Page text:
According to RTA, the third phase will return to the same configuration as the first — with streetcars resuming service between Canal and Erato — and will last from Aug. 8 to Sept. 5.

Streetcar out for summer

It's getting hard for those of us living within the SELA demilitarized zone.  I'm lucky enough to have an easily bikeable commute which relieves some of the stress. But on the days I need the car.. such as when it's raining which is A LOT of the time this part of the year... it becomes an obstacle course. 

And then there is the parking issue.
No longer is it just the headache of street closures and detours, but now residents living on one side of Jefferson Avenue are being ticketed for parking on the only accessible streets near their homes.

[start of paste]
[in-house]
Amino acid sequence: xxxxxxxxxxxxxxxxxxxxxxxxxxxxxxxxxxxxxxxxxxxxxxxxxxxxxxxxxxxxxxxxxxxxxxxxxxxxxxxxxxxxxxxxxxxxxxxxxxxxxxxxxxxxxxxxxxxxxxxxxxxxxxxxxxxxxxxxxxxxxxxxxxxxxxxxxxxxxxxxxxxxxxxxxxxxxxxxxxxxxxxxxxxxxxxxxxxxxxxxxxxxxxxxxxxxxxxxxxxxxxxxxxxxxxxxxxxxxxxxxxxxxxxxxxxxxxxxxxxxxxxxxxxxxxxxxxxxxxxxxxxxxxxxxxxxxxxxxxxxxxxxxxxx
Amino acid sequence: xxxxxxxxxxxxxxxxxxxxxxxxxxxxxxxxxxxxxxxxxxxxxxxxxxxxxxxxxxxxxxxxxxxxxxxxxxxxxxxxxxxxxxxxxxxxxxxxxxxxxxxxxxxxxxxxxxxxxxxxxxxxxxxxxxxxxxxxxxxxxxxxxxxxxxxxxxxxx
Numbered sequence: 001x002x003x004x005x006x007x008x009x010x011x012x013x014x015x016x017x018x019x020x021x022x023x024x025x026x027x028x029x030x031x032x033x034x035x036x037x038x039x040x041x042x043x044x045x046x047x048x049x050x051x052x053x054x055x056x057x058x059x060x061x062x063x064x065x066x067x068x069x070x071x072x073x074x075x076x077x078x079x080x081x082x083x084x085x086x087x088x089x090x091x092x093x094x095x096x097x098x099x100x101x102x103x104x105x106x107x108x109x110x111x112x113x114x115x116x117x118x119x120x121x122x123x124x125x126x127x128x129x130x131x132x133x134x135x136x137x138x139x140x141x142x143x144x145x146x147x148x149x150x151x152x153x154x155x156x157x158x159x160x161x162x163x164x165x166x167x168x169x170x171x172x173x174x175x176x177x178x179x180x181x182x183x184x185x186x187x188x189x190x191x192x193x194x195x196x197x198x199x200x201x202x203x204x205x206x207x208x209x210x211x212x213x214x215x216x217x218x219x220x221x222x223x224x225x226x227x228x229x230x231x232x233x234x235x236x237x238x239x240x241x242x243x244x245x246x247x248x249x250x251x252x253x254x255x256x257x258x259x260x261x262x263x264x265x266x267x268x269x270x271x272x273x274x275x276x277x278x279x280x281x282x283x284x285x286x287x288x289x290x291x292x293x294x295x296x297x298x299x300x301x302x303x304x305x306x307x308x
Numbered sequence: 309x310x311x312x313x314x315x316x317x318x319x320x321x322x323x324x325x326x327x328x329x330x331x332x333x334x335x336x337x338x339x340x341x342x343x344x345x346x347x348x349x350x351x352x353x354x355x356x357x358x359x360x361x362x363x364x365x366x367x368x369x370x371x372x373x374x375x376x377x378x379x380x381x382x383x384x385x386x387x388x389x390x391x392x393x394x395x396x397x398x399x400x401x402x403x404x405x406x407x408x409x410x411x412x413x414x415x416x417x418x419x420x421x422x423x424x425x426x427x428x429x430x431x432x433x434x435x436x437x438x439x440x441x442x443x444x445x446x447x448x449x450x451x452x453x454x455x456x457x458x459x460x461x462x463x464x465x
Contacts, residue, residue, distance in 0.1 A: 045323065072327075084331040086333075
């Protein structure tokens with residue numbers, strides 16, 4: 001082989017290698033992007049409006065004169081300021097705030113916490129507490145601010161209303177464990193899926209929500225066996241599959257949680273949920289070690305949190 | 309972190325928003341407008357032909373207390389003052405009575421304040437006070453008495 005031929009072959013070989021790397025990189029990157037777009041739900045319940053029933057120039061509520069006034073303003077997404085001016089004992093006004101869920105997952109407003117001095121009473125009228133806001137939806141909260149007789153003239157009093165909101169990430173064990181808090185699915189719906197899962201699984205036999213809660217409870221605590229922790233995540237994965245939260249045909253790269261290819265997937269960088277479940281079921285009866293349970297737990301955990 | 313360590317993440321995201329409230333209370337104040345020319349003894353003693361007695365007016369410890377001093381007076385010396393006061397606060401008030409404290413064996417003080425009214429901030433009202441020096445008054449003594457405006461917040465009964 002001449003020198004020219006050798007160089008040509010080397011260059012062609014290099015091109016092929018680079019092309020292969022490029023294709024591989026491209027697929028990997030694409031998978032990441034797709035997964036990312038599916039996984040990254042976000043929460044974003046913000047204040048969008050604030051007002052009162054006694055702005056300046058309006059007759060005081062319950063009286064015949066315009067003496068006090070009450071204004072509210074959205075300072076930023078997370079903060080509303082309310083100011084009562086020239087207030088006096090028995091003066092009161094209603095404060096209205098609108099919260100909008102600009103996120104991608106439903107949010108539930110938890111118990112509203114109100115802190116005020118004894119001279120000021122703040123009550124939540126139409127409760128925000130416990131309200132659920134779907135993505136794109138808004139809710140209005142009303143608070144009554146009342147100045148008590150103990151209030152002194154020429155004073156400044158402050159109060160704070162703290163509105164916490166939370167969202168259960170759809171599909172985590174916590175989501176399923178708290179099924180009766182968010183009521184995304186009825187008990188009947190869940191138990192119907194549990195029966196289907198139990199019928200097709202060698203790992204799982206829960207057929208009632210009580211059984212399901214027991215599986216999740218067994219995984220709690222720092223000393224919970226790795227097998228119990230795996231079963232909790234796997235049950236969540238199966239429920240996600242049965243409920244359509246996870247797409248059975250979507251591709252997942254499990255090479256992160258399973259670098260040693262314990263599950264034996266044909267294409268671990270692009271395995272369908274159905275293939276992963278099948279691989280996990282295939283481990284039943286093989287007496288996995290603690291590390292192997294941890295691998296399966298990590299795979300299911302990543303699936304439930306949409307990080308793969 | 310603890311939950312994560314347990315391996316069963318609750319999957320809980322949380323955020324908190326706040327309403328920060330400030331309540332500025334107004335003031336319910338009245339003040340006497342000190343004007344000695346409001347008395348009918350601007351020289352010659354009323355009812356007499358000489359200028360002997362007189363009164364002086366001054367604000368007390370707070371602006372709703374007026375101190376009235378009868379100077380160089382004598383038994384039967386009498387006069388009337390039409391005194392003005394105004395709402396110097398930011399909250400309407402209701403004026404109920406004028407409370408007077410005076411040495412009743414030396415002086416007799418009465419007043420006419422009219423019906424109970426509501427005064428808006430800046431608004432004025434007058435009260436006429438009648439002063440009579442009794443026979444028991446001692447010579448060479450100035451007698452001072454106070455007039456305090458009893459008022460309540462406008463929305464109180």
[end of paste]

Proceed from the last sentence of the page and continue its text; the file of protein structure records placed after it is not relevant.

"My first (ticket) was Friday morning and then I got one this afternoon," said Quincy Crawford, who lives in the 2700 block of Jefferson.

For more than a year, the Crawfords and their neighbors have dealt with the hassle of ongoing construction on Jefferson, where the Army Corps of Engineers is digging new underground drainage canals.

"So the last year, we have not been able to access our driveway or get to the front of our house," Crawford said. "Everyone is coming into the street going forward, parking on both sides of the street and the only way to get out is to come back in reverse. So it's not ideal to begin with, but now they've started to give out parking tickets."

Crawford and her husband have been ticketed three times since Friday, including twice on Monday.
For those who are having a hard time coping, there was a townhall meeting tonight specifically for residents who wanted to shout into the void and/or at a councilperson about all of this.  Can't wait to read about how that went. Has to be at least as funny as TEDx.